With Black History Month in full swing, it’s important to remember that the heritage, lineage and accomplishments of black people stretch beyond the borders of the U.S. of A. One place where this mode of thought has taken root, is in the children’s show Hip Hop Harry which stars an eponymous bear that runs an afterschool program at Hip Hop Central, where kids from varying backgrounds gather to have fun and learn through song and dance.
The creator of the show, Claude Brooks, was born from a Jamaican father, Dr. Harold Brooks and a Trinidadian mother, Marie Brooks. Brooks takes direct inspiration from his mother in the creation of Hip Hop Harry, since she had an African-Caribbean dance company that traveled around the world and a young Claude, who was one of the main drummers, would also travel. Due to being exposed to the world from an early age, Brooks sees black history as a world-spanning phenomena, and while elements of this can be seen in the DNA of Hip Hop Harry, such as the inherent multiculturalism of the cast, he also took the time to devote a whole episode to the idea, which you can view right now at https://youtu.be/CNTiQM9L83s, should you want to see the maternal Brooks in action.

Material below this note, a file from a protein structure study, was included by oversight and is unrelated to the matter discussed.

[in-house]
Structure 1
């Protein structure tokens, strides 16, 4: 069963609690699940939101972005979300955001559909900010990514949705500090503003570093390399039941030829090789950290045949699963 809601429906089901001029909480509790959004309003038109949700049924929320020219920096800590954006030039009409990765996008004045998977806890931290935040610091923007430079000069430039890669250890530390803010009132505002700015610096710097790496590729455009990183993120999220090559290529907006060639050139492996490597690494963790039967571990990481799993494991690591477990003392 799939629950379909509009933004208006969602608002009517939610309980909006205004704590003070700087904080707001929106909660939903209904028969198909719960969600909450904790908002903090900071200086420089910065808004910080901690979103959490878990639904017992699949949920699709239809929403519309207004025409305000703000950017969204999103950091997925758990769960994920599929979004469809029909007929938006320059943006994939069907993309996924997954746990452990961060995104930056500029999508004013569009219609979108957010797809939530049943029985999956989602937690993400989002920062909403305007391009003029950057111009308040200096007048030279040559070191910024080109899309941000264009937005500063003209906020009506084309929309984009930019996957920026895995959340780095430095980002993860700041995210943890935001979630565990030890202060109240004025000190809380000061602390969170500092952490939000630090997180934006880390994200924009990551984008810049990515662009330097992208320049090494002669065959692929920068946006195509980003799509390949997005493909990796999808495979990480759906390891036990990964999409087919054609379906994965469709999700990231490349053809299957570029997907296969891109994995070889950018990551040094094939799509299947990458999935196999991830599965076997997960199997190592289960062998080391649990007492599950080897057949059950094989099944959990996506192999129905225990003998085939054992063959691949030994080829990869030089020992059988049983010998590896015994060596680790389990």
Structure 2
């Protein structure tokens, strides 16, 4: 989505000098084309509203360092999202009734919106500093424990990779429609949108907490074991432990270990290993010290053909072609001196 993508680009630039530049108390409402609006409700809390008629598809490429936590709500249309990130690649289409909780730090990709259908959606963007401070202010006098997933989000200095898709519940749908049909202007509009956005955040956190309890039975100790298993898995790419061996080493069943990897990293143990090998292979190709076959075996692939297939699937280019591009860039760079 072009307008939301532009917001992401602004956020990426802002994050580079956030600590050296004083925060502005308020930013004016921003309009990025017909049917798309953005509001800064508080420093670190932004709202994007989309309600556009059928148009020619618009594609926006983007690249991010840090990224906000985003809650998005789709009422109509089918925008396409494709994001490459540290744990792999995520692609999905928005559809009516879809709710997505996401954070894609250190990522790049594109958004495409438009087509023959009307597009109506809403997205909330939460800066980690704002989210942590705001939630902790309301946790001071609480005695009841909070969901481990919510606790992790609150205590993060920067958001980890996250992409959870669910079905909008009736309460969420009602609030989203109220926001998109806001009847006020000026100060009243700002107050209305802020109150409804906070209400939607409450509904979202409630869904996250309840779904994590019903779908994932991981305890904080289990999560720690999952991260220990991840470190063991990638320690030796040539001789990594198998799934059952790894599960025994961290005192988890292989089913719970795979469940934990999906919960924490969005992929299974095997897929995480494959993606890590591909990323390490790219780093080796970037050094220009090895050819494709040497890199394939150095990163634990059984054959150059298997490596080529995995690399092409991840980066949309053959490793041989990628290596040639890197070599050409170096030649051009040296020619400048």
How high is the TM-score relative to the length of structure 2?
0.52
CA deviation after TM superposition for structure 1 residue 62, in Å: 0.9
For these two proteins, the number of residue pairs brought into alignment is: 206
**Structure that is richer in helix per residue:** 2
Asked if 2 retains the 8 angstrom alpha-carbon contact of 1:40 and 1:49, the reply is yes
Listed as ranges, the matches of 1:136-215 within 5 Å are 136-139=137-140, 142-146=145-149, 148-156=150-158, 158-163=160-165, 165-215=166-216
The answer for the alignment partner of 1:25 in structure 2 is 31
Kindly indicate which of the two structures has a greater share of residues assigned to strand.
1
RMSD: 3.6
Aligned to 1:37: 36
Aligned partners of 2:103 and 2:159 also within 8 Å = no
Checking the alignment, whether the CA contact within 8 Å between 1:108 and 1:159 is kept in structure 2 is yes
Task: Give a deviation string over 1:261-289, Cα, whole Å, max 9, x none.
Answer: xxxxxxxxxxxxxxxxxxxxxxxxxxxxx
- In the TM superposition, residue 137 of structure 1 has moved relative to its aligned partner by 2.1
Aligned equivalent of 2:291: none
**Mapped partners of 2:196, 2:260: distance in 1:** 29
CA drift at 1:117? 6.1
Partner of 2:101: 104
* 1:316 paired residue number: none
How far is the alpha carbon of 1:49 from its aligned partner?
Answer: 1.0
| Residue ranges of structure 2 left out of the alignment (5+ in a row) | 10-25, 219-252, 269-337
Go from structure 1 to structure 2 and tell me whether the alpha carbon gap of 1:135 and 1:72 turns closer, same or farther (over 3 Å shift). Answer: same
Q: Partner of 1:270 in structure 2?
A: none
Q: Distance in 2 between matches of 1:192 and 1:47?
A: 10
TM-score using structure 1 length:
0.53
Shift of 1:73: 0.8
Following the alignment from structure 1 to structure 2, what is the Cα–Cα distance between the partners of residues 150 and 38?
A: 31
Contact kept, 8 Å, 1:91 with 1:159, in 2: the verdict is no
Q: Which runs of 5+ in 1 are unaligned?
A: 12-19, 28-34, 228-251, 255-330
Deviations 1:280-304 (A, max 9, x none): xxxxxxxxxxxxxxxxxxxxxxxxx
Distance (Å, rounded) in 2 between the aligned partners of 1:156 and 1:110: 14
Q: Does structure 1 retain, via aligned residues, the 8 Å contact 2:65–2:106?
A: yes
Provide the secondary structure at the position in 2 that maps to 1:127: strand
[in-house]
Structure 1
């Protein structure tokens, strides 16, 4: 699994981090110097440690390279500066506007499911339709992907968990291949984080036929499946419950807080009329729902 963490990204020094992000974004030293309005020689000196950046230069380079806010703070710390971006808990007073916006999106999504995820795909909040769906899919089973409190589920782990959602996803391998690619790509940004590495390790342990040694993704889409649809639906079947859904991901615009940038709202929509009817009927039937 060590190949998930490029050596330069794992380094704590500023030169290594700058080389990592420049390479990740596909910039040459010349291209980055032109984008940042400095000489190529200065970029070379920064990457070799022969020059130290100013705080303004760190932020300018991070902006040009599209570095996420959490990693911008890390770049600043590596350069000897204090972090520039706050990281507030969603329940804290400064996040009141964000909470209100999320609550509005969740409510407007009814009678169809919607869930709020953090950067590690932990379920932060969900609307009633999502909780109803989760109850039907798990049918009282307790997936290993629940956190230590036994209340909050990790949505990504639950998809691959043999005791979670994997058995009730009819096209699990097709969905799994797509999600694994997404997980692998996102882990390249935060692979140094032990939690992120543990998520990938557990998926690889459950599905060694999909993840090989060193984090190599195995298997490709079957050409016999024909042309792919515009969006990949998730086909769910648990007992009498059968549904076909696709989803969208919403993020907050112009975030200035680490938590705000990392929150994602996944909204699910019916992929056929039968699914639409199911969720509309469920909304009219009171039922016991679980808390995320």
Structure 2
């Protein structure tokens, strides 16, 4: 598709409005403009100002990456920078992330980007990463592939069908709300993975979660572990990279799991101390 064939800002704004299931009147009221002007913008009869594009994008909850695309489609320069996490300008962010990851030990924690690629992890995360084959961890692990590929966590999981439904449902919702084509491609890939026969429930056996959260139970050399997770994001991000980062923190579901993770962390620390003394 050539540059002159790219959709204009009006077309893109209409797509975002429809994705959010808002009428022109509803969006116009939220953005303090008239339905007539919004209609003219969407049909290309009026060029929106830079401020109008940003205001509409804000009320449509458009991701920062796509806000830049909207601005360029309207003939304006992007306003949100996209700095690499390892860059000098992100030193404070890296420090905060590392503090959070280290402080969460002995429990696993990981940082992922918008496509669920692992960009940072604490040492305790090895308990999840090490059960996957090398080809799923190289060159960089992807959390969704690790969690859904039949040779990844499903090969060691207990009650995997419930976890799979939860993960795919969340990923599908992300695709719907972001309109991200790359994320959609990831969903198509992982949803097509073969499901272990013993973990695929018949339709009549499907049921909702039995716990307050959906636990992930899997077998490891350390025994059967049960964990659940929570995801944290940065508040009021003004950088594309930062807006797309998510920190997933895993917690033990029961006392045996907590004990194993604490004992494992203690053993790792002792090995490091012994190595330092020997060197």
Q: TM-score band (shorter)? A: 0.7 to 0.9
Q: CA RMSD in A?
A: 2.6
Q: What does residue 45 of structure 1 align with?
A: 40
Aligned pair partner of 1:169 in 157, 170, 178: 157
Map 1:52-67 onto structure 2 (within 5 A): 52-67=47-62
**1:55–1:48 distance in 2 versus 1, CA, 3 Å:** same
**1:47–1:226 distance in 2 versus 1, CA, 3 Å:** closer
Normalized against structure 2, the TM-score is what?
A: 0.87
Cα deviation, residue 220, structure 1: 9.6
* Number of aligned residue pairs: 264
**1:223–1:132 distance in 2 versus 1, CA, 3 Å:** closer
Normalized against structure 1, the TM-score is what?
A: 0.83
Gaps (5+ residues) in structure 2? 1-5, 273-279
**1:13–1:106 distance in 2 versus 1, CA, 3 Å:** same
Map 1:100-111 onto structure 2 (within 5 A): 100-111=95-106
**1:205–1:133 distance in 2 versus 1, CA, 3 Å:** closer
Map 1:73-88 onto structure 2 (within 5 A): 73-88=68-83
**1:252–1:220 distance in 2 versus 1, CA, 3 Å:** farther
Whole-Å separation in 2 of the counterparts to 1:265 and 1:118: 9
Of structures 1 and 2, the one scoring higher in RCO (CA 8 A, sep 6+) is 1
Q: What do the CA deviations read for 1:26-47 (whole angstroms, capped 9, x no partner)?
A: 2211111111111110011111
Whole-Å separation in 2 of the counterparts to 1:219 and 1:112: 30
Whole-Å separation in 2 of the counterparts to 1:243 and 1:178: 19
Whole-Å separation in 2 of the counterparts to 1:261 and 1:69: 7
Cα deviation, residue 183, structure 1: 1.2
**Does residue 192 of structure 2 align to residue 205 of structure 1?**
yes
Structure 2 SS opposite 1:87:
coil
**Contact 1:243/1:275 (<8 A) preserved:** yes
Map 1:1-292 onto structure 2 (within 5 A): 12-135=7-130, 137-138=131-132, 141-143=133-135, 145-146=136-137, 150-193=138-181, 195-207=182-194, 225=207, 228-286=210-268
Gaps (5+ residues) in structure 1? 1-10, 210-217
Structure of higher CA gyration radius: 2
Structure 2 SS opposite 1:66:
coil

The episode titled “Grandma Brooks” has Marie Brooks herself come on in a guest role, in which she plays the grandma of one of the characters on the show. Mrs. Brooks tells the the kids stories about the culture of Trinidad, which inspires them to make their own masks and put on a carnival in her honor. Through this, children consuming the show are exposed to new aspects of black history from another country, which broadens their horizons, and teaches them how rewarding partaking in, and investigating, other cultures can be.